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12

Frankly, I also searched for but couldn’t find much of others addressing the parallels of Ruth and Elisha. Walfish was almost always the writer. What I did find were mostly studies of one book that had cross references to the other(s) (e.g. Ruth noting a Kings book or vice versa). For some other material I found, see the comment at the bottom of this ...


12

Regarding "key differences": When one battles, one has also encountered - no issue. When one engages, one has also met - no issue. When one is said to have been killed "by" a commander of troops, that does not mean one was necessarily killed directly by that commander. It can just as easily have been by the troops that were under his command. For example, ...


11

Before anything, though, I must say that no, king Joash would not know that he must strike the ground five or six times. But, he really should have did that. All verse emphasis mine. First of all, we would have to look at the reason why Elisha would be angry at an answer to a seemingly minuscule command, 2 Kings 13:14 (NKJV) 14 Elisha had become sick with ...


11

The Idea in Brief According to the Hebrew Bible, there are at least two people who have ascended into heaven: Enoch and Elijah. In the Christian New Testament, Jesus made the emphatic statement that no one (οὐδεὶς) had ever ascended into heaven with the exception of the one who had descended from heaven: that is, Jesus himself, who was to be "lifted up" ...


11

וַיֹּאמְרוּ אֵלָיו אִישׁ בַּ֣עַל שֵׂעָ֔ר וְאֵזוֹר עוֹר אָזוּר בְּמָתְנָיו The Hebrew of interest here is baʿal śēʿār, a "lord of hair". This falls into the use of baʿal described in HALOT 4, s.v. בַּעַל:1 status word: בַּעַל indicates the owner of an object which embodies his manner, his character or his occupation The use of the term "owner" seems to ...


8

The New American Bible, in note 4 to 2 Kings chapter 3, does initially attribute this triumph to the god Chemosh. However, the New American Bible then suggests an alternative, monotheistic explanation, which inevitably recognises the polytheistic beliefs of the early Israelites and their belief in the efficacy of child sacrifice: The wrath against Israel:...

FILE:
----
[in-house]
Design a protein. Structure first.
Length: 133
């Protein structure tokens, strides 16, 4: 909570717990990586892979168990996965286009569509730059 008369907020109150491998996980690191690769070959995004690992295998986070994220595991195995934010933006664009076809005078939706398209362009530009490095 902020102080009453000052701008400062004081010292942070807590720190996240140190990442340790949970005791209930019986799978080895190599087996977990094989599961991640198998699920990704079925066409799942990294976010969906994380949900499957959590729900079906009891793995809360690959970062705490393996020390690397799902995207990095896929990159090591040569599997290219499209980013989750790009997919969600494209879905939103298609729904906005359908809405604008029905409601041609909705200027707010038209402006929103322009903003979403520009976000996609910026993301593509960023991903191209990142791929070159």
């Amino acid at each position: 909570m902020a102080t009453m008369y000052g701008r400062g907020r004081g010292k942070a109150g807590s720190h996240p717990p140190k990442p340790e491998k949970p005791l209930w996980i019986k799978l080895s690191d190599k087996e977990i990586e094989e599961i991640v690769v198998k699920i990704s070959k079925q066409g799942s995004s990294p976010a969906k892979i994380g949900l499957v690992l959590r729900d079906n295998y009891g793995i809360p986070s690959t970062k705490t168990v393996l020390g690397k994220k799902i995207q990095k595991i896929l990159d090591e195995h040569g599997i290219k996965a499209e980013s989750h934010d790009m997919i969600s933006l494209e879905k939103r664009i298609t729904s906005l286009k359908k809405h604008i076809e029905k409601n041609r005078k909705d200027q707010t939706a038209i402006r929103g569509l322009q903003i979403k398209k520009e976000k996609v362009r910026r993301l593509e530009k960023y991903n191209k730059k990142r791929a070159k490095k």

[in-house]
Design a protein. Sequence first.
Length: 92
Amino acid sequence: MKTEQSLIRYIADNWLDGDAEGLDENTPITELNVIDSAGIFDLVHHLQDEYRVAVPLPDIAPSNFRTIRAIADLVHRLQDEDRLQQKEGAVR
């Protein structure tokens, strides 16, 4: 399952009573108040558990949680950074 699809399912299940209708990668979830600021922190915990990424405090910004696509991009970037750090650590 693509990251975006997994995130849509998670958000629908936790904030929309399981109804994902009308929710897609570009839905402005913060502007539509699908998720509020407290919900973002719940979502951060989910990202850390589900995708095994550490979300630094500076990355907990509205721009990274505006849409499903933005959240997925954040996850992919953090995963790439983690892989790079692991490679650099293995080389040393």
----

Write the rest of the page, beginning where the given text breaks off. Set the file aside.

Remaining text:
7

The “Book of the Law” is a common phrase that refers to the book of Deuteronomy as an expansion of the Moral Law, or Covenant Law based around the 10 Commandments. “Book of the Law” is referenced in Deut 28:61, 29:21, 30:10, 31:26, Josh 1:8, 8:31, 34, 24:26, 2 Kings 22:8, 11, 2 Chron 17:9, 25:4, 34:14, 15, Neh 8:1-3, 8, 18, 9:3 (and 17:18). The Book of ...


6

There’s a lot more to the Elisha case than meets the eye. First, they weren’t children in the sense we think of children. There was no classification of ‘teenagers’ way back then. The youths who ganged up against this solitary man were a mob. Forty-two of them at the least. They came from the town that was the royal cult centre of the northern kings, in ...


5

16So Jehu rode in a chariot, and went to Jezreel; for Joram lay there. And Ahaziah king of Judah was come down to see Joram. 17And there stood a watchman on the tower in Jezreel, and he spied the company of Jehu as he came, and said, I see a company. And Joram said, Take an horseman, and send to meet them, and let him say, Is it peace? ... 21And ...


5

This question is an exact replica of the same question on Got Questions. The answer is - also - on Got Questions, after the question. So I have just copied the answer to here : Jehoram is anointed king of Judah (2 Kings 1:17), ruling with his father, Jehoshaphat, for the final 5 or 6 years of his father’s reign. Elijah is translated to heaven (2 Kings 2:1–...


4

I found some interesting conenctions between the two: Both Ruth and Elisha are forceful and determined. Ruth "clung" to Naomi ("At this they wept aloud again. Then Orpah kissed her mother-in-law goodbye, but Ruth clung to her". Ruth 1:14, NIV) and is determined to go with her ("When Naomi realized that Ruth was determined to go with her, she stopped urging ...


4

It is clear that this is a single protracted seige with the "ninth year of his reign" of 2 Kings 25:1 refers to Zedekiah. The immediate context is 2 Kings 24:20 (last bit of last verse of preceding chapter): Now Zedekiah rebelled against the king of Babylon. OP includes 2 Kgs 25:2 in the quotations in the question, which itself provides the answer: ...


4

This is a more complicated question than the binary alternative posed by OP's title question would suggest. In fact, the KJV here does a good job of reflecting an ambiguity in the Hebrew that almost all other translations obscure (including the NJKV). Translation? Here is the Hebrew text of 2 Kings 8:11 with a literal gloss: וַיַּעֲמֵ֥ד אֶת־פָּנָ֖יו ...